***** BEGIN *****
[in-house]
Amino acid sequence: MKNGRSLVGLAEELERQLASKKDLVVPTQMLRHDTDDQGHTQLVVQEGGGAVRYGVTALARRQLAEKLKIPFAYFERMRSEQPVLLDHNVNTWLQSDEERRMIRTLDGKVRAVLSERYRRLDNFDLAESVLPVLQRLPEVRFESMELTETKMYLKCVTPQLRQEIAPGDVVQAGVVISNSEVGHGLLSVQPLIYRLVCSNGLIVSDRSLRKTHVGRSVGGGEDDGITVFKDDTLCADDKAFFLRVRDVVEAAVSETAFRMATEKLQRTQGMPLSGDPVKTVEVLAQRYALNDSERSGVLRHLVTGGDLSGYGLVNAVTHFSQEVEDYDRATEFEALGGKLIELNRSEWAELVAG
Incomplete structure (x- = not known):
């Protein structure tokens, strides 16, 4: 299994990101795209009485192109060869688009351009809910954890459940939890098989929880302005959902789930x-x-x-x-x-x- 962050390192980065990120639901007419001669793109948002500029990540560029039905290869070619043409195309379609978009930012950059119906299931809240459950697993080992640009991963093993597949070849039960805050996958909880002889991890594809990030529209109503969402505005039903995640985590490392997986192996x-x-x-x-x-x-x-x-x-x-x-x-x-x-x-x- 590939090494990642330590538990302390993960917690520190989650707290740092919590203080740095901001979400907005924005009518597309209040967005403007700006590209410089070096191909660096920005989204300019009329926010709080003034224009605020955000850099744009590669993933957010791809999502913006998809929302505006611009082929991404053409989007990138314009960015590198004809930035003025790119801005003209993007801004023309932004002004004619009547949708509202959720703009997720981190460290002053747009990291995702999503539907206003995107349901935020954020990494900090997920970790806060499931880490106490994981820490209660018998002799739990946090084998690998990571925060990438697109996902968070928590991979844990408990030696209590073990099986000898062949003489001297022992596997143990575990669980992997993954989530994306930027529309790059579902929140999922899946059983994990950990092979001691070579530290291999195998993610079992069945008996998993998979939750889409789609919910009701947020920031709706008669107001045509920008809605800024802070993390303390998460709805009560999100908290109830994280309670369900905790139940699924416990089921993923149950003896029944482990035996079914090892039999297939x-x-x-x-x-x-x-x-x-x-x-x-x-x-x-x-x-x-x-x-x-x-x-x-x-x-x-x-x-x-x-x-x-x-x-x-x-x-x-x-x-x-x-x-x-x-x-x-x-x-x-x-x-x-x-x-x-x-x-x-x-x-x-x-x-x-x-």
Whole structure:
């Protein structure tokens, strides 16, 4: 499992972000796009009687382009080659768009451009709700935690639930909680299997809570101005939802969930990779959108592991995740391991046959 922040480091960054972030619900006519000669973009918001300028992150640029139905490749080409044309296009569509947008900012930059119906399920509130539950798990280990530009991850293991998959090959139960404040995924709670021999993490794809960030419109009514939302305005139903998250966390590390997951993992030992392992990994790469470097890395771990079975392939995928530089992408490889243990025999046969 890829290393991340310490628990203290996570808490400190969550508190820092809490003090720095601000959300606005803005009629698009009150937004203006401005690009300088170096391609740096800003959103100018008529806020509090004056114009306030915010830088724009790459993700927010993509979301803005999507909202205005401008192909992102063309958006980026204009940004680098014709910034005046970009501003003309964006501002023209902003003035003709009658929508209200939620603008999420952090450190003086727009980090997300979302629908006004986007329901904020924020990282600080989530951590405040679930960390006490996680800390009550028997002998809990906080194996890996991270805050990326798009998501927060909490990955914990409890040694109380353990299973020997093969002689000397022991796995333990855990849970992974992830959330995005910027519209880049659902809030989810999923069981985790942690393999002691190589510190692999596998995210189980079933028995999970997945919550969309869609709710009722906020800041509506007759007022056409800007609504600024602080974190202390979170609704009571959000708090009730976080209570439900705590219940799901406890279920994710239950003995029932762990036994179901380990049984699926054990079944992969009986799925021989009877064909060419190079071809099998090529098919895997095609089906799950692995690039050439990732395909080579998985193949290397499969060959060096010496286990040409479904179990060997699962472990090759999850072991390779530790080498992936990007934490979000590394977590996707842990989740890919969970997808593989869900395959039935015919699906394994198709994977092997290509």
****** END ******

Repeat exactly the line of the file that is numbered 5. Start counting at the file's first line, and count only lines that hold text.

Whole structure: